Got my rejection letter today. I did not get the lecturer job in Mass Comm at Berkeley. So my summer class will likely be the last time I teach at Cal, and maybe the last time I teach, period.
They selected someone with a background in communications and media theory. I don't have that. I just have the experience of teaching half a dozen Mass Communications courses at Cal over the past year.
Robin and I are going to Santa Cruz for the long weekend, to celebrate our 30th anniversary, so I likely won't be around for a bit. We're also going to see Sara graduate from San Francisco State University tomorrow morning ... we are proud! And today is my brother Geoff's birthday.
None of the above changes the fact that I am beet red from sunburn.
December 1965: Mario Savio is pulled off the stage by police at the Greek Theatre, a crucial moment in the Free Speech Movement.
May 2000: I'm sitting on the stage at the Greek Theatre for a commencement ceremony. To my right is Greil Marcus, who that semester was my colleague in American Studies. We shot the shit, and at one point I noted that the last time I'd been at the Greek, Sleater-Kinney played on the very stage upon which we were sitting. To which Greil replied, "the last time I was on this stage, they were taking Mario Savio away." After 35 years, the memory was still clear ... on the other hand, since it was pretty obvious nothing out of the ordinary was going to happen at this graduation, those 35 years seemed kinda sadly in the past.
Which leads me to yesterday, when I took part in another graduation ceremony (my sunburnt face is the proof). Before the ceremony, the faculty are informed that when we are reading the names of the graduates into the mic, we are not to allow any students to take over the mic for any personal statements. If by chance a student DID manage to get the mic, we were told to look down at our feet, where something called a "Cough Drop" was located. This was a footswitch that toggled the mic on/off ... such switches are normally used for radio announcers when they have to clear their throats or cough. But not this time ... no, we were only supposed to use the Cough Drop if a student dared to say something public.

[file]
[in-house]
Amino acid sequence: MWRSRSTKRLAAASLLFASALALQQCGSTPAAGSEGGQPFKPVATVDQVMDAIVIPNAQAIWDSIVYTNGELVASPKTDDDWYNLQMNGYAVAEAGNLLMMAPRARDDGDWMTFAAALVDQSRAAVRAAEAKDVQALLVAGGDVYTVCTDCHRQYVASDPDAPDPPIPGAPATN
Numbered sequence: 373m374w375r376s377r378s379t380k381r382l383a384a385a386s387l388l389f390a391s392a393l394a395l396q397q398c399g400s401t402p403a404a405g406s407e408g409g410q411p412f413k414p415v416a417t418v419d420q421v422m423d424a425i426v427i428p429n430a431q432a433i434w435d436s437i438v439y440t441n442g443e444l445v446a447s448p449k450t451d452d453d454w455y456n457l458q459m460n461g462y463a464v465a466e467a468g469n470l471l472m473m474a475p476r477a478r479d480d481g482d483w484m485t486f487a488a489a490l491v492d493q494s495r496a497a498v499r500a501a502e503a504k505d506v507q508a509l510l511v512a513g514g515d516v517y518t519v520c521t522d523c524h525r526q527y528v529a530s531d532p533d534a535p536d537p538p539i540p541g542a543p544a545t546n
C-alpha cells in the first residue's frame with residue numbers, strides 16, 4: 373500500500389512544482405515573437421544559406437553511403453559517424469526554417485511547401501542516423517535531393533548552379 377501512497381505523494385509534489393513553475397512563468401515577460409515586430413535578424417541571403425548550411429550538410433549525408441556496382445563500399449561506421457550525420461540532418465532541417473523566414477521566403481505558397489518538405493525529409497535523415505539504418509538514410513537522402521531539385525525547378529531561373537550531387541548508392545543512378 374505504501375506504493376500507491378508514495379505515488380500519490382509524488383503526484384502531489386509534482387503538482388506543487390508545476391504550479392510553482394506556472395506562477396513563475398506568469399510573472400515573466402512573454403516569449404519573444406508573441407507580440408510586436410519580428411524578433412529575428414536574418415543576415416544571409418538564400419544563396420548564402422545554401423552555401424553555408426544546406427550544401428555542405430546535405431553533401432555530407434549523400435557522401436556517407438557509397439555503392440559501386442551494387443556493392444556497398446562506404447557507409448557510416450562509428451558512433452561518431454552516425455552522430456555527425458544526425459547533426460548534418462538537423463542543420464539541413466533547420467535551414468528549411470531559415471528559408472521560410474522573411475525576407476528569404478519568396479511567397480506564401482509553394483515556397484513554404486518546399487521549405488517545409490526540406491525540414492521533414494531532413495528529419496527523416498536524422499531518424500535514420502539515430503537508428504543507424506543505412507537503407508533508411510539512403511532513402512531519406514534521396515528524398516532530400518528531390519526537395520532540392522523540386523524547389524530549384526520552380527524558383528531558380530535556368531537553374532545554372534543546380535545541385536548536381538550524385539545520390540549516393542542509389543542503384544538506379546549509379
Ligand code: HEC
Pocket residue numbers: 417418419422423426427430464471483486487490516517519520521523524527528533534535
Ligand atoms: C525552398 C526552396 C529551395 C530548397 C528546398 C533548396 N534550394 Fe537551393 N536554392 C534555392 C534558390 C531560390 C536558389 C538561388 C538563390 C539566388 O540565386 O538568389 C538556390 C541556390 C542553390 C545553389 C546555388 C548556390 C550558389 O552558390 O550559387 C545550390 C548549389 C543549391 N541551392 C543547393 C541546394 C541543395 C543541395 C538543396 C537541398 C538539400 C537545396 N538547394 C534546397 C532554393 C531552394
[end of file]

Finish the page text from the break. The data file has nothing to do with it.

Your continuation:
And yes, we were at the Greek Theatre. And even 2000 seems sadly in the past at this point. Another crucial moment in the Free Speech Movement.
Sue just sent me this picture ... she's got some stuff to write about our family history which will show up here soon ... the 2-year-old in the back is me.
I couldn't tell you a thing about any of the older people, even though I clearly met them. The boy in the front is my brother Geoff ... I know him! ... and the person holding me is my mom. Quite the looker, she was! Plus, not to put too fine a point on it or say anything untoward, but she had great knockers :-).
And my siblings think I don't have anything nice to say about dear old Mom.
(Actually, I've been thinking about my parents a lot recently ... for one thing, our 30th anniversary is coming up, and I've always thought I got a certain sense of perseverance in marriage from my parents, who stayed married their entire lives. And I'm turning 50 next month (birthday present hint: TiVo), and when you get ancient like that, you think of those who got old before you. Mostly I'm thinking of them because Sara graduates from college next weekend, and I always get shitty feelings when that subject comes up ... my parents, who lived about 1/2 hour from Berkeley, refused to come to either of my college graduations (B.A. or Ph.D.) because ... well, I have no idea, to be honest, although I often wondered if I was being punished for not attending my high school graduation back when I was a teenager.)
Anyway ... here's my relationship with my mother in a nutshell. Let's get out the photo software and zoom in ...
Now the only question is, do I comment on this picture, or just leave it?
We just watched the last Buffy ... the wonders of modern technology, where you get to watch shows before they're actually on.
It was a satisfying conclusion. You get the feeling Joss Whedon has known for seven years how it would all turn out in the end, and tonight, er, tomorrow night, he did what he'd intended. At least, that's my guess.
Season Seven was probably the worst of the lot ... 1-3 remain the best, 4-6 had problems but also had individual episodes as great as anything in television history. Season Seven had an air of finality, and they worked it pretty well, but it wasn't a great season and it didn't have a great episode (the finale and maybe "Conversations With Dead People" coming the closest, off the top of my head).
So now Sara, Robin and I are left to wonder what we'll do with our lives. Sara made us each give a little speech before we watched tonight, and I'll repeat here what I said to them: "thanks for letting me be in your club." That goes to Joss, too. And I'll quote Tim Goodman from just below this sentence, one more time ... "If you never watched Buffy, the Vampire Slayer, then you missed out."
If you never watched "Buffy, the Vampire Slayer, " then you missed out. Honestly. It was not only a pop cultural phenomenon, but it was also that elusive, fervently sought-after creation -- a brilliant television show.